We (end users) would still get many of the benefits of CKAN. I would have an easily-exportable backup-able list of mods currently installed, and CKAN would tell me if any of them have updated.

 

Curating my own mod list wasn't as bad on the old version of forum software, because I could define different categories for Subscribed Threads. I had one subscription list for mods that were currently installed, and it provided a link to the first new post in each thread. The new forum subscription model is not as flexible.

Edited by JWag
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8 minutes ago, HebaruSan said:

So does that mean that the policy no longer requires All Rights Reserved for de-listing? ModuleManager still has an open license as far as I can tell.

 

3 minutes ago, JWag said:

Now that CKAN is effectively dead, how about a passive version? I.e. CKAN continues to do everything it does, except it no longer automatically downloads/installs/removes mods?

For example, CKAN maintains its database, checks for dependencies, etc., but instead of downloading mods for me, it links directly to the forum post describing the release notes. I then install the old-fashioned way, using the mod author's own links and instructions. CKAN could even verify that I did it right.

We (end users) would still get many of the benefits of CKAN. I would have an easily-exportable backup-able list of mods currently installed, and CKAN would tell me if any of them have updated.

 

Curating my own mod list wasn't as bad on the old version of forum software, because I could define different categories for Subscribed Threads. I had one subscription list for mods that were currently installed, and it provided a link to the first new post in each thread. The new forum subscription model is not as flexible.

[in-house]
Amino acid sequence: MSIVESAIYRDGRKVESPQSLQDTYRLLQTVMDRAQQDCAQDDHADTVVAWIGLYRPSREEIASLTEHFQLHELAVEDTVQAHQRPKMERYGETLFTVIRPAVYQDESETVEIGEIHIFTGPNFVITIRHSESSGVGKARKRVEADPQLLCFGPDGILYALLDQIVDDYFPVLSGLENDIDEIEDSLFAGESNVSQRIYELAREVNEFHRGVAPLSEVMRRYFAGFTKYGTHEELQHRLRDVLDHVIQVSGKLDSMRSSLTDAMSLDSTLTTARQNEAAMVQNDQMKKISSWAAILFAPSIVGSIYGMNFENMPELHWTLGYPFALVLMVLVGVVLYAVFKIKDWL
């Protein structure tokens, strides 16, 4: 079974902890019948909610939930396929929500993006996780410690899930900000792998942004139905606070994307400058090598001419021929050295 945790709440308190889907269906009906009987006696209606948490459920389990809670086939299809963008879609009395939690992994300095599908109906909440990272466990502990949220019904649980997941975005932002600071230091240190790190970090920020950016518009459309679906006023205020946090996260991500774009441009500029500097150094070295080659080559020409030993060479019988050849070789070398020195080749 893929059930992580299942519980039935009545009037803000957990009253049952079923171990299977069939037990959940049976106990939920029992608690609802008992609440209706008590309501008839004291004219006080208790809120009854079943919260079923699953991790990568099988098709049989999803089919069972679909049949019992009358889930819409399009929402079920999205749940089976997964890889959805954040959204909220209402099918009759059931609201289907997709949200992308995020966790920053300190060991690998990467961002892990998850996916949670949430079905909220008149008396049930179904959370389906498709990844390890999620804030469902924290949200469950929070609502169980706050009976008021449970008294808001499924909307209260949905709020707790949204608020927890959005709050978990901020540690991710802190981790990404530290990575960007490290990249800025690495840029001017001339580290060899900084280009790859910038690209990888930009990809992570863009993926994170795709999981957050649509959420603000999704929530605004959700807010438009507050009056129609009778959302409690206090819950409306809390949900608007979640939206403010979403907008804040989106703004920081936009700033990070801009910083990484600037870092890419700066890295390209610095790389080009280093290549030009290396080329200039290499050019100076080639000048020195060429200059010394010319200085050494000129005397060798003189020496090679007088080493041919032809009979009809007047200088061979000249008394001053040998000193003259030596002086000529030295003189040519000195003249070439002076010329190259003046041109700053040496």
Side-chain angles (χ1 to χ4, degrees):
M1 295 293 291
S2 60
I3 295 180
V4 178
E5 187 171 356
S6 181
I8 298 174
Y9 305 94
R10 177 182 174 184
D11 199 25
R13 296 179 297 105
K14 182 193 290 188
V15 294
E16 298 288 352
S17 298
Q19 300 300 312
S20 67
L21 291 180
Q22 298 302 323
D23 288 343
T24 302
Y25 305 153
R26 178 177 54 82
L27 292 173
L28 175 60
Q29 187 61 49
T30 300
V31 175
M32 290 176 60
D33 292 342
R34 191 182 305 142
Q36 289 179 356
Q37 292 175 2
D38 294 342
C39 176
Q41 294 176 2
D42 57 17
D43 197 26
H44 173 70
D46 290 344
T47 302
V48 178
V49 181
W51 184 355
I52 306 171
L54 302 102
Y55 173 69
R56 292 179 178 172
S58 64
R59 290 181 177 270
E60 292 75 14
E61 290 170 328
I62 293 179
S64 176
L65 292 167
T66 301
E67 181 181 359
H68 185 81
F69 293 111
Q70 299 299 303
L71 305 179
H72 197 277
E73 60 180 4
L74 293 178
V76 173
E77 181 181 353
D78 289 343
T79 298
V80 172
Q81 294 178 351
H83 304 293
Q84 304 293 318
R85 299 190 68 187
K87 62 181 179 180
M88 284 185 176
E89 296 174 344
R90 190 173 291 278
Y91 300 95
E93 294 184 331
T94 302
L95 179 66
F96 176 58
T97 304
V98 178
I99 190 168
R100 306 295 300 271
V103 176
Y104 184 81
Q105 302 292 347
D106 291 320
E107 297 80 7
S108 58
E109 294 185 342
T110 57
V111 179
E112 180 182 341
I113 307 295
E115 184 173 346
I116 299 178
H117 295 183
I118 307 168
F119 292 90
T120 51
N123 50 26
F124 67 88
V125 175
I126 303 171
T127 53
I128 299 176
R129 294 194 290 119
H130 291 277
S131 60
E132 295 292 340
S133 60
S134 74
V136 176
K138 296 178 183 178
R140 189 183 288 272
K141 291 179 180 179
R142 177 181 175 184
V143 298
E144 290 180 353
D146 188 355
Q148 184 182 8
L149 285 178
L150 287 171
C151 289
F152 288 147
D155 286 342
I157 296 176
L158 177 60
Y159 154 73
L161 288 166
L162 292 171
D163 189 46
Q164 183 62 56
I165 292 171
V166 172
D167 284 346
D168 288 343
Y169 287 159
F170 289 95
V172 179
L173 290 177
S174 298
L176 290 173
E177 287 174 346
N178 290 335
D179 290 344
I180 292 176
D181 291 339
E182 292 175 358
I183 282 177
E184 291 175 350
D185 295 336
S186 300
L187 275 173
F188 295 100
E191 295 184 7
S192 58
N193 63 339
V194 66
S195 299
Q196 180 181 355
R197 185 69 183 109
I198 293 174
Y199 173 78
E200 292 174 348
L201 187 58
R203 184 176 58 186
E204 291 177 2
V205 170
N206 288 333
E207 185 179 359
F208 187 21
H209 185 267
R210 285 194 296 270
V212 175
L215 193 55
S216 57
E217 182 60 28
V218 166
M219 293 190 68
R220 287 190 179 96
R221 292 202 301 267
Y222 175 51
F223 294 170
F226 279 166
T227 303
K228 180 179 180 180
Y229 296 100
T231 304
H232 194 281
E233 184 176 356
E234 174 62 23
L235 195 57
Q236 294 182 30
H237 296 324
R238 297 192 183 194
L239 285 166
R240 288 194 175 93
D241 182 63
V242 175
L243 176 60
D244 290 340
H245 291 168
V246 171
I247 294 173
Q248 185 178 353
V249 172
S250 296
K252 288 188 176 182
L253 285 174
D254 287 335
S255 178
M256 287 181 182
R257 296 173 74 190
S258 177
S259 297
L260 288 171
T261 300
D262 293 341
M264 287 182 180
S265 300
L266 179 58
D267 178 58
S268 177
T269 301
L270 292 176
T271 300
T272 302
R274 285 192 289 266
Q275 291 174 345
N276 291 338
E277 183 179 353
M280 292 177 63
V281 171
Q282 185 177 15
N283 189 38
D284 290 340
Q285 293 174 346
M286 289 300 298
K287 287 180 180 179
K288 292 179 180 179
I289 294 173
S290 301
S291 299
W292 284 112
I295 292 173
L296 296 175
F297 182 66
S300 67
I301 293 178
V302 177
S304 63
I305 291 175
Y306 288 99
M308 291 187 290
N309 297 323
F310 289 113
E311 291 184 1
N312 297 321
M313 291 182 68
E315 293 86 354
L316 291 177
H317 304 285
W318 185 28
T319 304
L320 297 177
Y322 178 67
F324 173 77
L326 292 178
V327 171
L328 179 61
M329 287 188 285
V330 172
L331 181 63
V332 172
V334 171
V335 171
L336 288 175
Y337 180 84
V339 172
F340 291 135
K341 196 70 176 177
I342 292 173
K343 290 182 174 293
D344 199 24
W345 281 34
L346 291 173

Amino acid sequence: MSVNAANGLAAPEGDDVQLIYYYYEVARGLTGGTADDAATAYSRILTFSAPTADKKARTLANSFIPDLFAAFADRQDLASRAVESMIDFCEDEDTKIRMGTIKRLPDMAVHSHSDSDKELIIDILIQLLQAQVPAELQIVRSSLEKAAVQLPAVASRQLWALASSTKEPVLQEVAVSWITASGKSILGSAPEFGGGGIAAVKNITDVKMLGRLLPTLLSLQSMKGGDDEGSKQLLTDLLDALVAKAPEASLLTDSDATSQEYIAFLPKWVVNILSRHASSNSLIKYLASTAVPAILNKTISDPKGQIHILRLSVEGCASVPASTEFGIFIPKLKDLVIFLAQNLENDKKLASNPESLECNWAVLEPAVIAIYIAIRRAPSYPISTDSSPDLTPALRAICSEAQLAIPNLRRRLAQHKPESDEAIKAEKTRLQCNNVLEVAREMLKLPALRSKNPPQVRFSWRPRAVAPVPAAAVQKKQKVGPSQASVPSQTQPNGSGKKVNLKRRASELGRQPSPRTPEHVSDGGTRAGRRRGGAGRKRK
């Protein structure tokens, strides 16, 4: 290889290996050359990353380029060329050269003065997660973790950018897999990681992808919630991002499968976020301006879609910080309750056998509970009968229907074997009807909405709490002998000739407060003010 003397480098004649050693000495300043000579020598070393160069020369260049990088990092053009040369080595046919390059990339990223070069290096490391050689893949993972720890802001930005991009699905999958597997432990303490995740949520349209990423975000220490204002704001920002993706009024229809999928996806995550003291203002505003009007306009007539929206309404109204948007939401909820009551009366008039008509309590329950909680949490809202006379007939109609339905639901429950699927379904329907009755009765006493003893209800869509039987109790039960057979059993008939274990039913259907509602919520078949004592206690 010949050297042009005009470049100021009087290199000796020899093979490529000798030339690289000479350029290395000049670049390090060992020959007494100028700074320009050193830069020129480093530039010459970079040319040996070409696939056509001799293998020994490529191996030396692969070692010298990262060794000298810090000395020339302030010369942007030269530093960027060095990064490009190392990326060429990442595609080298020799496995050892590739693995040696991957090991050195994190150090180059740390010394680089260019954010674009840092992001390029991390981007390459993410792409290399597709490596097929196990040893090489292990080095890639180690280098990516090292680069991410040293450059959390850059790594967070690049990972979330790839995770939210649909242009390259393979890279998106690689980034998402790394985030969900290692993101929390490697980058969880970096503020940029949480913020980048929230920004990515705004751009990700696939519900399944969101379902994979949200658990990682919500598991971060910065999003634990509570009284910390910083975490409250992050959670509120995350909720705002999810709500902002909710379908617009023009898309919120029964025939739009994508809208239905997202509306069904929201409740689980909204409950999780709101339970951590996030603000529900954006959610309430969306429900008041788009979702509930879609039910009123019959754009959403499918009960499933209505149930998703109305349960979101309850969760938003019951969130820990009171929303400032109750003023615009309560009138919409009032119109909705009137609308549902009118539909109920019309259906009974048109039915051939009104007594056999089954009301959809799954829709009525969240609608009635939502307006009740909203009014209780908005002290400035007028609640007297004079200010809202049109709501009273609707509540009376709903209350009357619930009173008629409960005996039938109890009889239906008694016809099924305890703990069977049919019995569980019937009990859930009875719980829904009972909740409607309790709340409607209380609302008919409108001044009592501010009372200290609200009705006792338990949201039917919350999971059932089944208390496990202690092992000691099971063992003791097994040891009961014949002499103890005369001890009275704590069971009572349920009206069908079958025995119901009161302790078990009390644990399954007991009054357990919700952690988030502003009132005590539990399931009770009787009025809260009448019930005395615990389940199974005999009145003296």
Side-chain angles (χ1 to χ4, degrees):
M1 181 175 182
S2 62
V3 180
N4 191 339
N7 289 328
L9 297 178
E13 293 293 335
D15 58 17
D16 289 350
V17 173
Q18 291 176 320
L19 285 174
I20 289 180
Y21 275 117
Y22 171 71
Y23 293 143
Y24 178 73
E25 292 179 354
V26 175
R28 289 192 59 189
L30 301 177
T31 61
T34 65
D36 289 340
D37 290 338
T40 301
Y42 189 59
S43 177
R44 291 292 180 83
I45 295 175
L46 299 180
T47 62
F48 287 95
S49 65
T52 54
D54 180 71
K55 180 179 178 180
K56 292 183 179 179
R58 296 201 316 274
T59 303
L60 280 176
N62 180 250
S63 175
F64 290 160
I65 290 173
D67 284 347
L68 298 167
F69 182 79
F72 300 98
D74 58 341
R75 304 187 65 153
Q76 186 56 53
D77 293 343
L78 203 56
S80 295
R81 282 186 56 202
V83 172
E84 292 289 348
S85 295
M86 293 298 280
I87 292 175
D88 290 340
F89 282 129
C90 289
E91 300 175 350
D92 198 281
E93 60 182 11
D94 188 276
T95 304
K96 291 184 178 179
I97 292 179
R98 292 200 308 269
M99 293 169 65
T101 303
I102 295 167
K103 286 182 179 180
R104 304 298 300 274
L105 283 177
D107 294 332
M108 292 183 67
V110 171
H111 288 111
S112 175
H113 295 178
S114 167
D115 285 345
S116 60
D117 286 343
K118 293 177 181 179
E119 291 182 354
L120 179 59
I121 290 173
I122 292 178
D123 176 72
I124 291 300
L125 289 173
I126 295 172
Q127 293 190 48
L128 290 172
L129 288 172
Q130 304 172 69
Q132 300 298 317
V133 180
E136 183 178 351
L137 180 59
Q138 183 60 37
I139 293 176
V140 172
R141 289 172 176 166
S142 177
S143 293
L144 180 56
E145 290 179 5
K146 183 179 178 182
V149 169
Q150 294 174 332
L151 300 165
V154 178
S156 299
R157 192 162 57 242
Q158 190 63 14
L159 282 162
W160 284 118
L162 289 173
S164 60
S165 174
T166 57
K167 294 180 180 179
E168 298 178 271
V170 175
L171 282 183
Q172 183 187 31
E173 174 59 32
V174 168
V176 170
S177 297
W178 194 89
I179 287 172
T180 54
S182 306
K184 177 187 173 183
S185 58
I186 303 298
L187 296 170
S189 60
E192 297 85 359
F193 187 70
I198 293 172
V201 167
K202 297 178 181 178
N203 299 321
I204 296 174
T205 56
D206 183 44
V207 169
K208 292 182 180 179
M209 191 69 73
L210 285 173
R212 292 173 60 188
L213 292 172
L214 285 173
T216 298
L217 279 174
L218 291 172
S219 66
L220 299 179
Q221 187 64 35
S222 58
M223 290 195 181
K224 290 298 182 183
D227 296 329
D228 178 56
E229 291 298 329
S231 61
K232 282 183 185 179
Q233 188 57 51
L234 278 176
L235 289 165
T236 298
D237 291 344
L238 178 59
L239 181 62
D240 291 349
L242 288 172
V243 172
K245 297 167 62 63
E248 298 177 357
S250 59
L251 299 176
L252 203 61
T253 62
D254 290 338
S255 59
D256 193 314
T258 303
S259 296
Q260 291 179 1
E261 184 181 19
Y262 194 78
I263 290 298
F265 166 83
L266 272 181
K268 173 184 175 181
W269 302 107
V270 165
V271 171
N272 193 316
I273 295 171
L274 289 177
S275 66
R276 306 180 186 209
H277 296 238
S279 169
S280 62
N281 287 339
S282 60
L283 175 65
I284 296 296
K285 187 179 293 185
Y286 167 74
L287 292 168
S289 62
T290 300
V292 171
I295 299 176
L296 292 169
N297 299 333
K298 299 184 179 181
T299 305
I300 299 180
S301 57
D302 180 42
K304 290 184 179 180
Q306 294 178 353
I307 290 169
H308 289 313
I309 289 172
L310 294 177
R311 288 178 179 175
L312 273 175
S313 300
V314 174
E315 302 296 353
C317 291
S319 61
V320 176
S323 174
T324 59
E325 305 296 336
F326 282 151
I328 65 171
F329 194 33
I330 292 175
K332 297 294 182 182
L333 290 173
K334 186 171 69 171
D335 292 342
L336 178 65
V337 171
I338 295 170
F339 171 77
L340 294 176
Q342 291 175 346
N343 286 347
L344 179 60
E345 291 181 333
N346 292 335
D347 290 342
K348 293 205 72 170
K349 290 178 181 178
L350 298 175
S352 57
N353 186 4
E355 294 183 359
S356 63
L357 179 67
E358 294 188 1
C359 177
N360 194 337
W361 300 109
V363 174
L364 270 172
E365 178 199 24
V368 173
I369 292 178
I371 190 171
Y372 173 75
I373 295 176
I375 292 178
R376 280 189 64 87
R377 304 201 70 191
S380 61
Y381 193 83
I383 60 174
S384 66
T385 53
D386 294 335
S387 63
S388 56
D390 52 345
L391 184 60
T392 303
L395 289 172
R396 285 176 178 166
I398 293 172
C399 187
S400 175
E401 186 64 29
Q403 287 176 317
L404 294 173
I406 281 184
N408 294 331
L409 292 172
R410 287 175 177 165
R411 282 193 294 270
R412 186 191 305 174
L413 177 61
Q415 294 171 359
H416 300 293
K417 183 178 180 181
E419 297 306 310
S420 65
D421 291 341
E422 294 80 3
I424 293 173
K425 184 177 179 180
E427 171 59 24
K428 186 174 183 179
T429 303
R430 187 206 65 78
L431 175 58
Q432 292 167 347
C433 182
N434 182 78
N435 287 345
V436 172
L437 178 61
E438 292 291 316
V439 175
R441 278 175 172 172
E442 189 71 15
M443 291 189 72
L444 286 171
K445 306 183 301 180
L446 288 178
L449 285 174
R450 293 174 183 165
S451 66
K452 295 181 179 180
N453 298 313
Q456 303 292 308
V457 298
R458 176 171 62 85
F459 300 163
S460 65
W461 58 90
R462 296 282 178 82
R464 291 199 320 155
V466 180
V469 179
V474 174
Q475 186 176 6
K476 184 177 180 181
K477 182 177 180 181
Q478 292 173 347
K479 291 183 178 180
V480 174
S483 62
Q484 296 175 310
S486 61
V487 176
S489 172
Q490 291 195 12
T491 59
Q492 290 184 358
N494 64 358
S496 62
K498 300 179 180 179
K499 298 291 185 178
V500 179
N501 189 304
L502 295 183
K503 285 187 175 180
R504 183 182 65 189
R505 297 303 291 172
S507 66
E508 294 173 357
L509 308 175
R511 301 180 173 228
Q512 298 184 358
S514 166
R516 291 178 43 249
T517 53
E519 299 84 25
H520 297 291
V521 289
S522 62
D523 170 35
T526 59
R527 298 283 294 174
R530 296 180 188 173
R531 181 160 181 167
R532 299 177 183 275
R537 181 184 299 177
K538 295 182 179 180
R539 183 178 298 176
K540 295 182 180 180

Funny you should mention that.  CKAN is itself under an MIT license and the code is readily available.  A def-friendly tool could be derived from CKAN itself.

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Wow, am I the only modder who likes CKAN?

"Whine whine whine users are dumb whine whine my support channel has too low a SNR whine whine I'm trying to use a forum thread as a bug tracker and it's not working." (paraphrased)

Seeing people blame a package manager for misdirected bug reports like this really makes my blood boil.  Watching this discussion has caused me to lose a lot of the respect I had for certain modders, and that makes me sad.  And if I think those modders are acting like spoilt little brats, I'm not surprised the people who actually run CKAN don't want to bend the knee to them.

If I'm reading rightly, for instance, @ferram4 effectively said at one point that something like CKAN was only acceptable if it never made a mistake.  Not "strives to minimise mistakes", not "fixes mistakes when they're spotted / reported"; no, apparently it's unacceptable to have "issues that allow inaccurate metadata to be added and for any kinds of install errors to occur".  In other words, CKAN is required to somehow guarantee that it will never have a bug and will catch any and all typos, thinkos, and other errors in metadata.

 

Suppose, for instance, that you have a proper bug tracker, but many bug reports go to the forum thread, and get lost under CKANspam.  Then, just don't follow the thread, state in the OP that bug reports should go to your tracker (and that bugs should not be reported against CKAN installations).  Anyone who has enough brain cells to find the bug tracker will have also understood that CKAN bugs shouldn't go there.

Fun fact, @ferram4 mentioned how hard it was to get users to use his bug tracker... which isn't actually linked in his OP!

(Not meaning to specifically hate on @ferram4, btw; I'm disappointed in several of you, it's just that the examples that came to mind both involved him.)

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FWIW, I will post my thoughts on why I feel mod authors and CKAN should come to some kind of compromise.